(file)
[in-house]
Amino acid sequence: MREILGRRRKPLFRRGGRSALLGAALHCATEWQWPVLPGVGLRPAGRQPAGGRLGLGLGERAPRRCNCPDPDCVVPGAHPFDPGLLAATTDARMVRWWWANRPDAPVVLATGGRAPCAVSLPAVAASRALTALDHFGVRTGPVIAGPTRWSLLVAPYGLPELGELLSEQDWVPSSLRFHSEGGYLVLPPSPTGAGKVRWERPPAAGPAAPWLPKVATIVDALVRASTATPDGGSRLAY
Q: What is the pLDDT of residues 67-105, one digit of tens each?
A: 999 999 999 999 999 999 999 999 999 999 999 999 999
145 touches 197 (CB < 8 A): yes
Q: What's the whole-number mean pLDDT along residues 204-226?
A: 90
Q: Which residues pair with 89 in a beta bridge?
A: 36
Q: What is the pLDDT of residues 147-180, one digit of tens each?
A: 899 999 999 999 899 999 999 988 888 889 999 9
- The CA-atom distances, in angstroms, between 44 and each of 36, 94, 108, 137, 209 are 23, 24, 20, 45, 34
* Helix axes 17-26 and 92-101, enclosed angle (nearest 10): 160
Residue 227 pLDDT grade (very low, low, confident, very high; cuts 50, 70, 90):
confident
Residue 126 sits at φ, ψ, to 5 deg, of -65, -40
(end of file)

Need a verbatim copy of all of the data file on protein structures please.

[in-house]
Amino acid sequence: MREILGRRRKPLFRRGGRSALLGAALHCATEWQWPVLPGVGLRPAGRQPAGGRLGLGLGERAPRRCNCPDPDCVVPGAHPFDPGLLAATTDARMVRWWWANRPDAPVVLATGGRAPCAVSLPAVAASRALTALDHFGVRTGPVIAGPTRWSLLVAPYGLPELGELLSEQDWVPSSLRFHSEGGYLVLPPSPTGAGKVRWERPPAAGPAAPWLPKVATIVDALVRASTATPDGGSRLAY
Q: What is the pLDDT of residues 67-105, one digit of tens each?
A: 999 999 999 999 999 999 999 999 999 999 999 999 999
145 touches 197 (CB < 8 A): yes
Q: What's the whole-number mean pLDDT along residues 204-226?
A: 90
Q: Which residues pair with 89 in a beta bridge?
A: 36
Q: What is the pLDDT of residues 147-180, one digit of tens each?
A: 899 999 999 999 899 999 999 988 888 889 999 9
- The CA-atom distances, in angstroms, between 44 and each of 36, 94, 108, 137, 209 are 23, 24, 20, 45, 34
* Helix axes 17-26 and 92-101, enclosed angle (nearest 10): 160
Residue 227 pLDDT grade (very low, low, confident, very high; cuts 50, 70, 90):
confident
Residue 126 sits at φ, ψ, to 5 deg, of -65, -40